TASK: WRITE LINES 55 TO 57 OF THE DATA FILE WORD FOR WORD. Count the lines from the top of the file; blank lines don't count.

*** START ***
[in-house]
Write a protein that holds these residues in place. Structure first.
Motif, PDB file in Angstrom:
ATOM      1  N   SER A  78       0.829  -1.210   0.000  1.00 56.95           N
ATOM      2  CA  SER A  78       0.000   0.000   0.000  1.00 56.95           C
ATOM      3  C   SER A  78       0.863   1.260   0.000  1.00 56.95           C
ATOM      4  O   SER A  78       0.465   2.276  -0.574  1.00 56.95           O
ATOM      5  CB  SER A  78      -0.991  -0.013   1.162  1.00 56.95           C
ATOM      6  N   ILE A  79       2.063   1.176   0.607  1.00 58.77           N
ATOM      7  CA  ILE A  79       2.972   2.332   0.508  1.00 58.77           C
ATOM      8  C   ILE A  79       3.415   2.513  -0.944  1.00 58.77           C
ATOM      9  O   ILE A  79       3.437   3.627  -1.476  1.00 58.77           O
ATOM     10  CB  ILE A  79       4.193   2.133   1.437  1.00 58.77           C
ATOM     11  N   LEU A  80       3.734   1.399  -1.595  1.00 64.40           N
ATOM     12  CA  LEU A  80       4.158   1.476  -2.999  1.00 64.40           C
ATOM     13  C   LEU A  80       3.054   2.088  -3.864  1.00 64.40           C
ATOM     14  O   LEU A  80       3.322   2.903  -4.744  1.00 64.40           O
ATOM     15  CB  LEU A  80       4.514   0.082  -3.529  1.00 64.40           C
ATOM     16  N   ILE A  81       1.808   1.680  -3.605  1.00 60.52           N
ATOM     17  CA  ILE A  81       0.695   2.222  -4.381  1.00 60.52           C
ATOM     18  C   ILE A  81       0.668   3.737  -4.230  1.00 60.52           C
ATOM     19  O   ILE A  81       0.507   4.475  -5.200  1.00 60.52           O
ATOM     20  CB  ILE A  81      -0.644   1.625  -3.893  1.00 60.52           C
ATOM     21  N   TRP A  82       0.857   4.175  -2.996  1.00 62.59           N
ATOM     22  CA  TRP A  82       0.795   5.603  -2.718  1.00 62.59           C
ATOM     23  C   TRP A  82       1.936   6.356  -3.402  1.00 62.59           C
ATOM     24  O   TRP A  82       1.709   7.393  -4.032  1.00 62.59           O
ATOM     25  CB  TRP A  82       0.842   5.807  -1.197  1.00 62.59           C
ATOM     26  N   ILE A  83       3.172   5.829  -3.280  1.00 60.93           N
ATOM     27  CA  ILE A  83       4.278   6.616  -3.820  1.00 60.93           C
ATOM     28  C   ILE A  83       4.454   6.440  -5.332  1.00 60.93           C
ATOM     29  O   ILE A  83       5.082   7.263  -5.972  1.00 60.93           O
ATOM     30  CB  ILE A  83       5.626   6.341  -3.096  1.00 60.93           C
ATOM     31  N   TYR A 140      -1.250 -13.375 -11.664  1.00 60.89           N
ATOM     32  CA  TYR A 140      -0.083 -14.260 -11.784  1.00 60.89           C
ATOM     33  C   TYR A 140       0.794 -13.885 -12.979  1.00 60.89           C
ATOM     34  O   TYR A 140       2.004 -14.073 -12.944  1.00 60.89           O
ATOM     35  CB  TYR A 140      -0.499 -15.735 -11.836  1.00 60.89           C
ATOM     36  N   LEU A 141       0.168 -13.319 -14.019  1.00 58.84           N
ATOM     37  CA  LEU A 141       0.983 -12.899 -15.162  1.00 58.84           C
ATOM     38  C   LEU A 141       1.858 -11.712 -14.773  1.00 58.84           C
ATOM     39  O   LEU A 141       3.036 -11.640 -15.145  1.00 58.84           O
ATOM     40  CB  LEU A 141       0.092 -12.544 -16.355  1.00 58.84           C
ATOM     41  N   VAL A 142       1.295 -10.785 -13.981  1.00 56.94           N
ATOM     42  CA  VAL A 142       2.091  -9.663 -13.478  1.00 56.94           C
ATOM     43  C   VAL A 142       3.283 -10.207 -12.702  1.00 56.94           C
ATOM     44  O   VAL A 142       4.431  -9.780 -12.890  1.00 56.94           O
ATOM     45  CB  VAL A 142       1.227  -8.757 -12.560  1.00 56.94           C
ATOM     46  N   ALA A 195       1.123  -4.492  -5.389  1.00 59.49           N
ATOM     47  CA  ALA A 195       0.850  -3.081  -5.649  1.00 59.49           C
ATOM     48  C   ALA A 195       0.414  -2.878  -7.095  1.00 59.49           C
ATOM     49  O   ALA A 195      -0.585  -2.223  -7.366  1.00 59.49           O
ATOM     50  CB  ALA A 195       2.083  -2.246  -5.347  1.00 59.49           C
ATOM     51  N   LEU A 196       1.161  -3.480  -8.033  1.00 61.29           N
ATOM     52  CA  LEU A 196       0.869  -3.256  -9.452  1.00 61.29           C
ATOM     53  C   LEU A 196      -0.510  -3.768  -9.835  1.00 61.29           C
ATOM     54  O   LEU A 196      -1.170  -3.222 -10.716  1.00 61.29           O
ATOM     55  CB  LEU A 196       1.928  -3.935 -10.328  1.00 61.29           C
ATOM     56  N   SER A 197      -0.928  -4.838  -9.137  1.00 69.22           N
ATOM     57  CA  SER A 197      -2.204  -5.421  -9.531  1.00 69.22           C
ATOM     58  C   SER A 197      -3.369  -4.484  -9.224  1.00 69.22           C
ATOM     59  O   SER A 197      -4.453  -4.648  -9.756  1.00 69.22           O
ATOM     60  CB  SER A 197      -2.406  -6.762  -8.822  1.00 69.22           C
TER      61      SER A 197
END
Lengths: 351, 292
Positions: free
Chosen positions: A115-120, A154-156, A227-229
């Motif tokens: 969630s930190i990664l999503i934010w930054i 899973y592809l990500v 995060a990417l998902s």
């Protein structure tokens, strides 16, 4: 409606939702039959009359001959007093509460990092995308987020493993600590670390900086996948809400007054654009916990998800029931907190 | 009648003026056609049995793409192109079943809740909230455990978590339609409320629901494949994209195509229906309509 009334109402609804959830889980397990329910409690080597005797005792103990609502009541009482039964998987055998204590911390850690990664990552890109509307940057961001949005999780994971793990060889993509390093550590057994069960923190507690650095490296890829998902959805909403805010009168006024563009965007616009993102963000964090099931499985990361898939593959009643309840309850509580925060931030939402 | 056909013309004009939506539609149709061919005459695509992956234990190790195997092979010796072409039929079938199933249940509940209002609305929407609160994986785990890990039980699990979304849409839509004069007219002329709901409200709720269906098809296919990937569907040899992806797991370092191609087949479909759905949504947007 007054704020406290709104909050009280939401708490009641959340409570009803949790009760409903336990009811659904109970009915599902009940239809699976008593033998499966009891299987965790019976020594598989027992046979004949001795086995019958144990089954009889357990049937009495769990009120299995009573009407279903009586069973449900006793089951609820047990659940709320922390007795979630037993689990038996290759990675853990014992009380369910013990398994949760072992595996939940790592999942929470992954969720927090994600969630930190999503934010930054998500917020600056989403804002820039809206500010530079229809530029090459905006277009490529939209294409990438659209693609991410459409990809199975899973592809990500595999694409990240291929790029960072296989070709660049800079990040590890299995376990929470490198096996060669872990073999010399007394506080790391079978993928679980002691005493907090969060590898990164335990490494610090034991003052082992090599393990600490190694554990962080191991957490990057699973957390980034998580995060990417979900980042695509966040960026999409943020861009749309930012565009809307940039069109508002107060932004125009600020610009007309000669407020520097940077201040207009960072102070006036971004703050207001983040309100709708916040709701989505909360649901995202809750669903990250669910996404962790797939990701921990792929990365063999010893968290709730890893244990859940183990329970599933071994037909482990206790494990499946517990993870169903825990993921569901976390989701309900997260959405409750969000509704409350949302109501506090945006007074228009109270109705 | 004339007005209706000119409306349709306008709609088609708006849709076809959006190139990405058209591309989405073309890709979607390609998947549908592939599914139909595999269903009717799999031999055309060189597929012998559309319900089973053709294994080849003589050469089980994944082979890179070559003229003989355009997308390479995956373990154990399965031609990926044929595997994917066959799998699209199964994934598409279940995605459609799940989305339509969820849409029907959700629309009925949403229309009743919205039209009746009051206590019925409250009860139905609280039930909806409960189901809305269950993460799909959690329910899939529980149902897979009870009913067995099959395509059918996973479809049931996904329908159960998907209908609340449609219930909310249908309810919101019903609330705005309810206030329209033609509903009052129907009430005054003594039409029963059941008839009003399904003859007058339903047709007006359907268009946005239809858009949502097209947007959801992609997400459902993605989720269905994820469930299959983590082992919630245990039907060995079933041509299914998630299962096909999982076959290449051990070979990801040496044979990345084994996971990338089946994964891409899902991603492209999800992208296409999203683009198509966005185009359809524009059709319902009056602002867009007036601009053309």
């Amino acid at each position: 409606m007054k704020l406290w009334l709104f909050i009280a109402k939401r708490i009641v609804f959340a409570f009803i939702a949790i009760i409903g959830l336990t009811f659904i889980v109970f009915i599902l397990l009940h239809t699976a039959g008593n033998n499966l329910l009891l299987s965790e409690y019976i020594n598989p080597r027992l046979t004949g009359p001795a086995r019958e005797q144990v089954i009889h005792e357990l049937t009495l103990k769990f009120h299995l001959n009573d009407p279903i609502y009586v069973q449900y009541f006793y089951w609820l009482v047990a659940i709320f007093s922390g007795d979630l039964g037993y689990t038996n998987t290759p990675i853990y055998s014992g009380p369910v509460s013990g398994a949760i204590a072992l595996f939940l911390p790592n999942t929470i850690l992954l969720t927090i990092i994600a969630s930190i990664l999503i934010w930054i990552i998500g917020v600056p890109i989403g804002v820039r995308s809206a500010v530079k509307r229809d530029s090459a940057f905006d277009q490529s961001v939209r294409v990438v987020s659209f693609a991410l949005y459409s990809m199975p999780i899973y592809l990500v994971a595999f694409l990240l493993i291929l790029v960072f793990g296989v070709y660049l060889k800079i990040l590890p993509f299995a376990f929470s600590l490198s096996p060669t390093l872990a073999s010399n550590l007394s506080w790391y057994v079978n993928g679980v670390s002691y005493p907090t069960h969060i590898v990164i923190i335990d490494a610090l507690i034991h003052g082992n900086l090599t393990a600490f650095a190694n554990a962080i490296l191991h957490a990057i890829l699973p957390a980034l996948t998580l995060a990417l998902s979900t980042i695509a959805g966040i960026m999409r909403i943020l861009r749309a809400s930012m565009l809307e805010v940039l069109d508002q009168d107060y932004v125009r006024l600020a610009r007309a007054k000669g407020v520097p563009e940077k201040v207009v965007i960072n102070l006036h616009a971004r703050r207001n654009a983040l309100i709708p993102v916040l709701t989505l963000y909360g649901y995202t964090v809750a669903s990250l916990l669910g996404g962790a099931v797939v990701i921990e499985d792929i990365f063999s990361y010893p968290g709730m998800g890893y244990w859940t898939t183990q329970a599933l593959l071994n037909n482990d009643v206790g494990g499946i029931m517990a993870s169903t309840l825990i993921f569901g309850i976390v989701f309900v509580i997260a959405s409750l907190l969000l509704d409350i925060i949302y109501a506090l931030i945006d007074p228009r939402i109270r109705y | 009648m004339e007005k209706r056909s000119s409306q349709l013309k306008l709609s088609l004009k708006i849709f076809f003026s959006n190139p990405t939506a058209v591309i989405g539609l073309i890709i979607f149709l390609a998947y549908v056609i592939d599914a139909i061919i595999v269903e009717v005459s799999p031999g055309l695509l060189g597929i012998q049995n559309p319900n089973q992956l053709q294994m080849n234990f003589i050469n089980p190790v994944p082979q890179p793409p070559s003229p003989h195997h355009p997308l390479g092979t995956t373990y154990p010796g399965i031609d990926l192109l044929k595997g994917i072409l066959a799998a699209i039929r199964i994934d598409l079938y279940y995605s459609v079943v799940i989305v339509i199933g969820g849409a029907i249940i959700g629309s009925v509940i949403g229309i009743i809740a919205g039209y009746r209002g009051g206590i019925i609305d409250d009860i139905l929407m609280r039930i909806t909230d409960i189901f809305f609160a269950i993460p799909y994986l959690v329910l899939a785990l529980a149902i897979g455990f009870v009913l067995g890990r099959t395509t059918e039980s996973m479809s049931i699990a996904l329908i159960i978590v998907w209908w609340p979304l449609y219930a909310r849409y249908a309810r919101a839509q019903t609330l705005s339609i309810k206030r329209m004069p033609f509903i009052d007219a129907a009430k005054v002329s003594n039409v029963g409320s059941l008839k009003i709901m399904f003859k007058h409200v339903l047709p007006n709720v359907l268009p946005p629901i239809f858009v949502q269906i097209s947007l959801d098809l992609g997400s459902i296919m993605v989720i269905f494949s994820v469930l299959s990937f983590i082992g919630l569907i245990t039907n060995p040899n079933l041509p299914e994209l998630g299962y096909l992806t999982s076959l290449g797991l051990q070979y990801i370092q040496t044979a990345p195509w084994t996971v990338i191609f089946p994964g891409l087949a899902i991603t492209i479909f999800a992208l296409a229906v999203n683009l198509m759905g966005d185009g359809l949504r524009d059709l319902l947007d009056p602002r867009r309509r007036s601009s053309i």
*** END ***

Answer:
ATOM     52  CA  LEU A 196       0.869  -3.256  -9.452  1.00 61.29           C
ATOM     53  C   LEU A 196      -0.510  -3.768  -9.835  1.00 61.29           C
ATOM     54  O   LEU A 196      -1.170  -3.222 -10.716  1.00 61.29           O